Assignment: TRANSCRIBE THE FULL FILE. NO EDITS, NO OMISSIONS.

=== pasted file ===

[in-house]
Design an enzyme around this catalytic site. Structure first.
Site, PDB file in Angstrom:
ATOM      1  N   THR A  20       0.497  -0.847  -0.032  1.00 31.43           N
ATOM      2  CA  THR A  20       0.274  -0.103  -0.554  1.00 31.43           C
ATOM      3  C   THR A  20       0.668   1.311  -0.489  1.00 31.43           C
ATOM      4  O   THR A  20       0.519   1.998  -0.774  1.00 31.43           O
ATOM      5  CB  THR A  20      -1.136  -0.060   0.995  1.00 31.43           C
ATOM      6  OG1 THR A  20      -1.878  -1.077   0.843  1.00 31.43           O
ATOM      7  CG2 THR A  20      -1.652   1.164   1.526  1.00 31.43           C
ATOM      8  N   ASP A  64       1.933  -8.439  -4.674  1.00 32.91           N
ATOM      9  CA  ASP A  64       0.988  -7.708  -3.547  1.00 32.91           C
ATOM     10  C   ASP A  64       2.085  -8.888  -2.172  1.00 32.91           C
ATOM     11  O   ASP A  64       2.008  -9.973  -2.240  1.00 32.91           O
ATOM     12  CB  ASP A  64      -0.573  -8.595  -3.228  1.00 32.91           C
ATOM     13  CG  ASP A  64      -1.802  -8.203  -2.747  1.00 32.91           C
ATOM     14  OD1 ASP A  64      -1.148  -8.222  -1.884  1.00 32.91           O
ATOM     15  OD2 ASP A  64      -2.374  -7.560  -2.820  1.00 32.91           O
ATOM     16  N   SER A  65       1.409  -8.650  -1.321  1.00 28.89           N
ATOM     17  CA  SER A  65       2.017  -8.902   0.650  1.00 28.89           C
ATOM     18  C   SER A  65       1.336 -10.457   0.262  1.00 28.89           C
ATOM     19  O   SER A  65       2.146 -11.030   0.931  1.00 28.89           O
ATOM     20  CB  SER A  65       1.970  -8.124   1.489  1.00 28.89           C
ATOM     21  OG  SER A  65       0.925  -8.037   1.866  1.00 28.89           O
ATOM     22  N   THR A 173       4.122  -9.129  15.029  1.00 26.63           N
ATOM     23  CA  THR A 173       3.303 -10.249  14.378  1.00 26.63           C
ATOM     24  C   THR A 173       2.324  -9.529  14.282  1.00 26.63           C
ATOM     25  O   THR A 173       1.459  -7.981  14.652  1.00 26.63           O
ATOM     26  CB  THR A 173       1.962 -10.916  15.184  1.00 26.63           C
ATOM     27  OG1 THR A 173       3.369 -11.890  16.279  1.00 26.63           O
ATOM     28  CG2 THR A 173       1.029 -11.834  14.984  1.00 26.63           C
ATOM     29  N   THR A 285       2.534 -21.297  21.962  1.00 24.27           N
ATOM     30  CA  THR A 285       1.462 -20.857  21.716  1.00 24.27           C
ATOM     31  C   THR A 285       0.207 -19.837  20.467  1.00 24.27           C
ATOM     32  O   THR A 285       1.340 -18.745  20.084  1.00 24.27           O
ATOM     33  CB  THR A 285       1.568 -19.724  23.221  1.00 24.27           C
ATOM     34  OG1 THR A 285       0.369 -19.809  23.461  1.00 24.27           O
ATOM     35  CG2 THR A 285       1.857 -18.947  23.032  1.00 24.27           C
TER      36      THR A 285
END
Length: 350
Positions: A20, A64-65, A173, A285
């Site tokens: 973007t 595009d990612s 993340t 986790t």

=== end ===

[in-house]
Design an enzyme around this catalytic site. Structure first.
Site, PDB file in Angstrom:
ATOM      1  N   THR A  20       0.497  -0.847  -0.032  1.00 31.43           N
ATOM      2  CA  THR A  20       0.274  -0.103  -0.554  1.00 31.43           C
ATOM      3  C   THR A  20       0.668   1.311  -0.489  1.00 31.43           C
ATOM      4  O   THR A  20       0.519   1.998  -0.774  1.00 31.43           O
ATOM      5  CB  THR A  20      -1.136  -0.060   0.995  1.00 31.43           C
ATOM      6  OG1 THR A  20      -1.878  -1.077   0.843  1.00 31.43           O
ATOM      7  CG2 THR A  20      -1.652   1.164   1.526  1.00 31.43           C
ATOM      8  N   ASP A  64       1.933  -8.439  -4.674  1.00 32.91           N
ATOM      9  CA  ASP A  64       0.988  -7.708  -3.547  1.00 32.91           C
ATOM     10  C   ASP A  64       2.085  -8.888  -2.172  1.00 32.91           C
ATOM     11  O   ASP A  64       2.008  -9.973  -2.240  1.00 32.91           O
ATOM     12  CB  ASP A  64      -0.573  -8.595  -3.228  1.00 32.91           C
ATOM     13  CG  ASP A  64      -1.802  -8.203  -2.747  1.00 32.91           C
ATOM     14  OD1 ASP A  64      -1.148  -8.222  -1.884  1.00 32.91           O
ATOM     15  OD2 ASP A  64      -2.374  -7.560  -2.820  1.00 32.91           O
ATOM     16  N   SER A  65       1.409  -8.650  -1.321  1.00 28.89           N
ATOM     17  CA  SER A  65       2.017  -8.902   0.650  1.00 28.89           C
ATOM     18  C   SER A  65       1.336 -10.457   0.262  1.00 28.89           C
ATOM     19  O   SER A  65       2.146 -11.030   0.931  1.00 28.89           O
ATOM     20  CB  SER A  65       1.970  -8.124   1.489  1.00 28.89           C
ATOM     21  OG  SER A  65       0.925  -8.037   1.866  1.00 28.89           O
ATOM     22  N   THR A 173       4.122  -9.129  15.029  1.00 26.63           N
ATOM     23  CA  THR A 173       3.303 -10.249  14.378  1.00 26.63           C
ATOM     24  C   THR A 173       2.324  -9.529  14.282  1.00 26.63           C
ATOM     25  O   THR A 173       1.459  -7.981  14.652  1.00 26.63           O
ATOM     26  CB  THR A 173       1.962 -10.916  15.184  1.00 26.63           C
ATOM     27  OG1 THR A 173       3.369 -11.890  16.279  1.00 26.63           O
ATOM     28  CG2 THR A 173       1.029 -11.834  14.984  1.00 26.63           C
ATOM     29  N   THR A 285       2.534 -21.297  21.962  1.00 24.27           N
ATOM     30  CA  THR A 285       1.462 -20.857  21.716  1.00 24.27           C
ATOM     31  C   THR A 285       0.207 -19.837  20.467  1.00 24.27           C
ATOM     32  O   THR A 285       1.340 -18.745  20.084  1.00 24.27           O
ATOM     33  CB  THR A 285       1.568 -19.724  23.221  1.00 24.27           C
ATOM     34  OG1 THR A 285       0.369 -19.809  23.461  1.00 24.27           O
ATOM     35  CG2 THR A 285       1.857 -18.947  23.032  1.00 24.27           C
TER      36      THR A 285
END
Length: 350
Positions: A20, A64-65, A173, A285
């Site tokens: 973007t 595009d990612s 993340t 986790t």